Hawkins Bolden

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Hawkins Bolden
Hawkins Bolden.jpg
Hawkins Bolden with his sculptures
Born(1914-09-10)September 10, 1914
Died2005(2005-00-00) (aged 90–91)
Memphis, Tennessee
NationalityAmerican
Known forAssemblage Sculpture
MovementModern Art

Hawkins Bolden (1914–2005) was an American artist known for his "scarecrow" assemblages made from pots, pans, leather belts, rubber hoses and other found materials.[1][2]

Early life[edit]

Born in the Bailey’s Bottom section of Memphis, Tennessee, a childhood accident left Bolden blind at the age of eight.[3]

Career[edit]

In 1997, Bolden participated in the show Passionate Visions of the American South opening at the New Orleans Museum of Art.[4][5] Bolden was one of four subjects of the 2011 documentary Make, which also included Ike Morgan, Royal Robertson and Judith Scott (artist).[6] The American Visionary Art Museum contains permanent collections of his works.[7] Bolden’s scarecrows are included in the collections of The Smithsonian Museum of Art, The High Museum, and the Philadelphia Museum of Art.[8][9]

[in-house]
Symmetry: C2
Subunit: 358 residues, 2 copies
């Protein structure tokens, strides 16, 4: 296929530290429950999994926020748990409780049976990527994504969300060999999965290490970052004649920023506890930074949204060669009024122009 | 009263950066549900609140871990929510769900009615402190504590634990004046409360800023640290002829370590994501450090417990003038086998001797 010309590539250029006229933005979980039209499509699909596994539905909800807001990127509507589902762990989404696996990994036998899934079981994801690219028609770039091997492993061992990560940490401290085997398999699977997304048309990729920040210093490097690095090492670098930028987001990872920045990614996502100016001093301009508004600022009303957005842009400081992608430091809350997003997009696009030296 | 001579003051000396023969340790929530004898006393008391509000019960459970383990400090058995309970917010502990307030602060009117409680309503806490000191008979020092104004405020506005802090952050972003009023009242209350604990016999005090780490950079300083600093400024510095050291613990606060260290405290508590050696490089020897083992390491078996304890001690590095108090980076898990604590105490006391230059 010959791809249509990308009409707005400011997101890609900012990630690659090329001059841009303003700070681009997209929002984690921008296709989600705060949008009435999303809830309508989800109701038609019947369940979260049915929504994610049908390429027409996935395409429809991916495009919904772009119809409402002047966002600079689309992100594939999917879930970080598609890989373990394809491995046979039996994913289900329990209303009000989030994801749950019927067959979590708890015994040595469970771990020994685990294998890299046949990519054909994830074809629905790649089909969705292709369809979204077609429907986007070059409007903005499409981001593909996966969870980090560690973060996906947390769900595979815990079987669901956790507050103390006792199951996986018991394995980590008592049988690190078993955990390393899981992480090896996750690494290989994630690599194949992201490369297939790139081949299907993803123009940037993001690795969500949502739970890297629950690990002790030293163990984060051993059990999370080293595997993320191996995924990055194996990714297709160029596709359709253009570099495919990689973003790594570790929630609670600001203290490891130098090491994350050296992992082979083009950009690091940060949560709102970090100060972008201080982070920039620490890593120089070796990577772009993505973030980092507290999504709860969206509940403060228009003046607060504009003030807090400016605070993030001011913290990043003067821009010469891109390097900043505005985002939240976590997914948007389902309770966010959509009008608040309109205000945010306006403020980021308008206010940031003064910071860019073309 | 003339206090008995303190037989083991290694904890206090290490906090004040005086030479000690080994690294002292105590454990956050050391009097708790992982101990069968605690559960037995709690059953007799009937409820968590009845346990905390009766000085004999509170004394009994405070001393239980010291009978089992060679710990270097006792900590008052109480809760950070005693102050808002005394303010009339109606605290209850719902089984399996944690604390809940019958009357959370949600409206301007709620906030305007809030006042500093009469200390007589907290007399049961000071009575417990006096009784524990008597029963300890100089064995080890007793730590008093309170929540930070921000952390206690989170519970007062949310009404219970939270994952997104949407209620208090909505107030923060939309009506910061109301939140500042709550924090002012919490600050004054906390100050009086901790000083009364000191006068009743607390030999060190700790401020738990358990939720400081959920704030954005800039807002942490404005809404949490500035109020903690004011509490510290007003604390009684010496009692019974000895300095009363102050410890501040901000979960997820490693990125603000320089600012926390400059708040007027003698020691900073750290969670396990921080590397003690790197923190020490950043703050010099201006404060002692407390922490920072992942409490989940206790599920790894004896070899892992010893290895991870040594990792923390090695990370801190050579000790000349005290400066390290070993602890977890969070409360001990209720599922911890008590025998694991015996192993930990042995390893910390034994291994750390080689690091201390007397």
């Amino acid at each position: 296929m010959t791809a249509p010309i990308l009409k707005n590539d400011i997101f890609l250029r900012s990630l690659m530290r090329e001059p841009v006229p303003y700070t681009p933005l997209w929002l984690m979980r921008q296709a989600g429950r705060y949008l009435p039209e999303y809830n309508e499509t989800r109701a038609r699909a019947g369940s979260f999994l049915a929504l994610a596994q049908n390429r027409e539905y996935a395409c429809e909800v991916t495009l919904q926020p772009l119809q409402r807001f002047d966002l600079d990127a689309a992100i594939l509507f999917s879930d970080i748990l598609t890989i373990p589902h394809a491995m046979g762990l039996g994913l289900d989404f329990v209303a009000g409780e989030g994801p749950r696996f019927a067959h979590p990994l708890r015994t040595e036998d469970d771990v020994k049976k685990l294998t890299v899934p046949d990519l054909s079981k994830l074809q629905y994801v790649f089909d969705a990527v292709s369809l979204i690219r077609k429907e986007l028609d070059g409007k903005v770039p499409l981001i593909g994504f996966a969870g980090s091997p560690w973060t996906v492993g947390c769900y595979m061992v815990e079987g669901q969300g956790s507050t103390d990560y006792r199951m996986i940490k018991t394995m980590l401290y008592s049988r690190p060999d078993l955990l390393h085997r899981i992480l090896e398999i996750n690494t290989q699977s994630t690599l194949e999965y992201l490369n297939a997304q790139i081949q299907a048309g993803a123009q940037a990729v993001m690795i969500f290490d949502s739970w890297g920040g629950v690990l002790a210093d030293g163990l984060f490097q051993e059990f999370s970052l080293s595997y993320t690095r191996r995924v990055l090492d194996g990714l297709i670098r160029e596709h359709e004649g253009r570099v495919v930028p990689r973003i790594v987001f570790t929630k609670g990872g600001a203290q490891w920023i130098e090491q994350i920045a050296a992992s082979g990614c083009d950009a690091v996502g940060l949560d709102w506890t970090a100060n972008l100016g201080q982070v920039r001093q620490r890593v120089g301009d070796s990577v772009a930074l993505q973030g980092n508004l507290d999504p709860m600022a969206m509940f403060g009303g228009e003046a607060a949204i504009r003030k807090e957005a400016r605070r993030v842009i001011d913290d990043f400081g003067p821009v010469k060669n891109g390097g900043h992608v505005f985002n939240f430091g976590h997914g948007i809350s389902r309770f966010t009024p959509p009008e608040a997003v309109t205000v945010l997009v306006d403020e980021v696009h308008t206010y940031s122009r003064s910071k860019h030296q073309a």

References[edit]

  1. ^ Johnson, Ken. "Art In Review: National Black Fine Art Show". The New York Times. Retrieved 8 July 2016.
  2. ^ Arnett, William. "Souls Grown Deep". Souls Grown Deep. Souls Grown Deep. Retrieved 11 July 2017.
  3. ^ Drury, John. "Make Do". artnet. Retrieved 8 July 2016.
  4. ^ "Passionate Visions of the American South: Self-Taught Artists from 1940 the Present, and exhibit curated and a catalog edited by Alice Rae Yelen (Review)". Southern Cultures. Retrieved 2021-04-18.
  5. ^ "SCARECROW by Hawkins Bolden - intuitive eye". intuitiveeye.org. Retrieved 2021-04-18.
  6. ^ Kushner, Daniel. "Make: Outsider Art and the Blessed Compulsion". The Huffington Post. Retrieved 8 July 2016.
  7. ^ Sellen, Betty-Carol (2016). Self-Taught, Outsider and Folk Art: A Guide to American Artists, Locations and Resources, 3d ed. McFarland & Company. p. 65. ISBN 978-1476623047.
  8. ^ "Untitled". High Museum of Art. Retrieved 2021-04-18.
  9. ^ "Hawkins Bolden | Smithsonian American Art Museum". americanart.si.edu. Retrieved 2021-04-18.

External links[edit]